Tina Rothkamm fell in love with a local man eleven years ago while on holiday in Tunisia. The two had a daughter together, but the storybook romance did not last long. There was a bitter divorce, a protracted custody battle, and then on Monday, a daring and dangerous escape across the Mediterranean on an overcrowded boat that could have ended in tragedy for Rothkamm and her nine-year-old daughter.
But the 39-year-old teacher from Düsseldorf told public broadcaster ARD that she had to take that chance to finally get her daughter Amira Jasmine out of the clutches of her ex-husband and to a new life in Germany.
“When I saw the spotlights of the Italian coast guard, I cried with happiness,” she said during an impromptu press conference held on Monday night at a hotel on Lampedusa, the Italian island that is often the first stop for refugees from North Africa.
Rothkamm had long been trying to get her daughter out of Tunisia using more traditional means, to no avail. Her ex-husband, who had good connections to the government, did all he could to keep her daughter in Tunisia, despite the fact that Rothkamm and his divorce had been finalized, and one year ago she was given sole custody of their child.
She said every time she tried to leave the country with her daughter, she was turned back at the border, since her husband had pressured customs officials and police to block any departure. At one point, her daughter's passport was confiscated, she told ARD.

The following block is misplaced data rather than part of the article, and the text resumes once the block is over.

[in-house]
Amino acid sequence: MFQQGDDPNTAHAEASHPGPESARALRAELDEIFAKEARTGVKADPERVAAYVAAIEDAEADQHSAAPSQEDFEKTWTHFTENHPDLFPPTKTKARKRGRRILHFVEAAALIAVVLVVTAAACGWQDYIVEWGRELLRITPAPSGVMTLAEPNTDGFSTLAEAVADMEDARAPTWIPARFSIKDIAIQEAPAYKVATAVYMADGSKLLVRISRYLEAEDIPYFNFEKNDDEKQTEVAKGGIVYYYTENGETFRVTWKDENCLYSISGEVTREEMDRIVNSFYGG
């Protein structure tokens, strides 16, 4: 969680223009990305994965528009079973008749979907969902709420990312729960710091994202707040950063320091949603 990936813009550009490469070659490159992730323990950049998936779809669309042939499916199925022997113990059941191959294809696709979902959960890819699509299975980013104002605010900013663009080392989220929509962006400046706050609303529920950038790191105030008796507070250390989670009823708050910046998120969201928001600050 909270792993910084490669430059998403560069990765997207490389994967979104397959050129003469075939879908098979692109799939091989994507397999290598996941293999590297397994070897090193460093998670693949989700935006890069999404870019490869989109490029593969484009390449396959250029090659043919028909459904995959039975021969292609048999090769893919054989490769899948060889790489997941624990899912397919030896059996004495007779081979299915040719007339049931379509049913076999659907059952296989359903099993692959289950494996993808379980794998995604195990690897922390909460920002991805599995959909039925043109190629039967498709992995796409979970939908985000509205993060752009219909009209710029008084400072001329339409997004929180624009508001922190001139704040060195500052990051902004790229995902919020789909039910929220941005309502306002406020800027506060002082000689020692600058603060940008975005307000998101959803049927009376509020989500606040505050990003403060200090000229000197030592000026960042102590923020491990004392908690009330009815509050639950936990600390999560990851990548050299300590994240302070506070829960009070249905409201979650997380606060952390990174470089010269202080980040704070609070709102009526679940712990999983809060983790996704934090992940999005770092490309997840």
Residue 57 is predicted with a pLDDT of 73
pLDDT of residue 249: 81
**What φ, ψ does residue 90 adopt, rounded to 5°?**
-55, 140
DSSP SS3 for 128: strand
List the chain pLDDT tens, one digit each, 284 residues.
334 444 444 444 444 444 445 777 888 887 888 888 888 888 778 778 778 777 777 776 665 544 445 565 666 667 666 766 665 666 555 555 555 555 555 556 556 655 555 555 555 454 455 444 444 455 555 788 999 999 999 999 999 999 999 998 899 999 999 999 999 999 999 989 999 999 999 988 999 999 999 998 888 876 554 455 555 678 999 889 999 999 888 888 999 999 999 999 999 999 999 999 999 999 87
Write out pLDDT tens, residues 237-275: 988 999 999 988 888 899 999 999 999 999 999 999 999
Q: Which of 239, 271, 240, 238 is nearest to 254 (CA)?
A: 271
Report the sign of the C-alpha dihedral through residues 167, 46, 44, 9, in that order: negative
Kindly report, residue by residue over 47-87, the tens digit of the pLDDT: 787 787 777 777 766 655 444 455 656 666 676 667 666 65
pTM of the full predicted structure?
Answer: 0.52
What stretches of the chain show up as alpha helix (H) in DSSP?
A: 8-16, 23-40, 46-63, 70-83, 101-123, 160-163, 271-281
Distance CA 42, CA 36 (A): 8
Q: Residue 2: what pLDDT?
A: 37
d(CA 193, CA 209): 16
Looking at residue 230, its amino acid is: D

Rothkamm had considered escaping through Libya, but as the situation there become more unstable, she felt it was too dangerous. Her lawyers told her there was no other legal way to leave the country.
On Saturday night, Rothkamm found herself on the beach on Djerba, an island off the coast of Tunisia, where she paid €2,000 for two spots on a boat going to Lampedusa.
At one point during the the early morning hours on Sunday, organizers suddenly said it was time to leave. More than 100 people were packed onto a fishing boat, and Rothkamm and her daughter began waiting out the cold, 20-hour journey on a vessel with no toilets and hardly any food.
“But you do what you have to do,” she told ARD, adding that she'd just hoped the weather didn't turn bad.
She was relieved that her boat was in relatively good condition - two others that also sailed that night reportedly did not fare as well.
Once on dry land again, Rothkamm showed authorities valid German passports for both her and her daughter, and the two were taken to a hotel before beginning their final, and more comfortable, journey via Rome back to Düsseldorf, where Rothkamm's new husband and one-year-old son are waiting.
She insisted she will not return to Tunisia, saying the country is corrupt and she never wants to go back to a place from which you have to flee by boat. But she added that when Amira Jasmine gets older, she can decide if she wants to see her father.
According to daily Die Welt an Italian reporter asked Rothkamm if she was afraid that the sea journey was simply too risky to make with her daughter.
“I had to think for a long time about whether I dared make this dangerous crossing,” she answered. “But there was no other solution in sight.”
“Now I am so happy,” she added. “We are starting on the road of a new life where I have much hope for the future.”